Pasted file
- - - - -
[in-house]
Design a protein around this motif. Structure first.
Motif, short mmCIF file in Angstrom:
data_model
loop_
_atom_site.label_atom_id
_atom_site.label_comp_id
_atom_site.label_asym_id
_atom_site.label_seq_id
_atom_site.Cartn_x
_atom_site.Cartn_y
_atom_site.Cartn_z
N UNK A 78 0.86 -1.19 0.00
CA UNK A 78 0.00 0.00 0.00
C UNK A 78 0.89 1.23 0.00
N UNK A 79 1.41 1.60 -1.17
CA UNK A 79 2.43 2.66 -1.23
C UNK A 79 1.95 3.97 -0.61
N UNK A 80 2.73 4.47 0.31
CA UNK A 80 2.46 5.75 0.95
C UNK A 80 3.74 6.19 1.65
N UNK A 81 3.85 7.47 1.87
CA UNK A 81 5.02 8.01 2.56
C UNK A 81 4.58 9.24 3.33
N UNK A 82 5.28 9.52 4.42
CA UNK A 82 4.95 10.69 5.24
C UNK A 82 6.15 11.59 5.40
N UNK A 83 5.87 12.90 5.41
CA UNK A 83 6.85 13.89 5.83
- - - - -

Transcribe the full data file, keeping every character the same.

[in-house]
Design a protein around this motif. Structure first.
Motif, short mmCIF file in Angstrom:
data_model
loop_
_atom_site.label_atom_id
_atom_site.label_comp_id
_atom_site.label_asym_id
_atom_site.label_seq_id
_atom_site.Cartn_x
_atom_site.Cartn_y
_atom_site.Cartn_z
N UNK A 78 0.86 -1.19 0.00
CA UNK A 78 0.00 0.00 0.00
C UNK A 78 0.89 1.23 0.00
N UNK A 79 1.41 1.60 -1.17
CA UNK A 79 2.43 2.66 -1.23
C UNK A 79 1.95 3.97 -0.61
N UNK A 80 2.73 4.47 0.31
CA UNK A 80 2.46 5.75 0.95
C UNK A 80 3.74 6.19 1.65
N UNK A 81 3.85 7.47 1.87
CA UNK A 81 5.02 8.01 2.56
C UNK A 81 4.58 9.24 3.33
N UNK A 82 5.28 9.52 4.42
CA UNK A 82 4.95 10.69 5.24
C UNK A 82 6.15 11.59 5.40
N UNK A 83 5.87 12.90 5.41
CA UNK A 83 6.85 13.89 5.83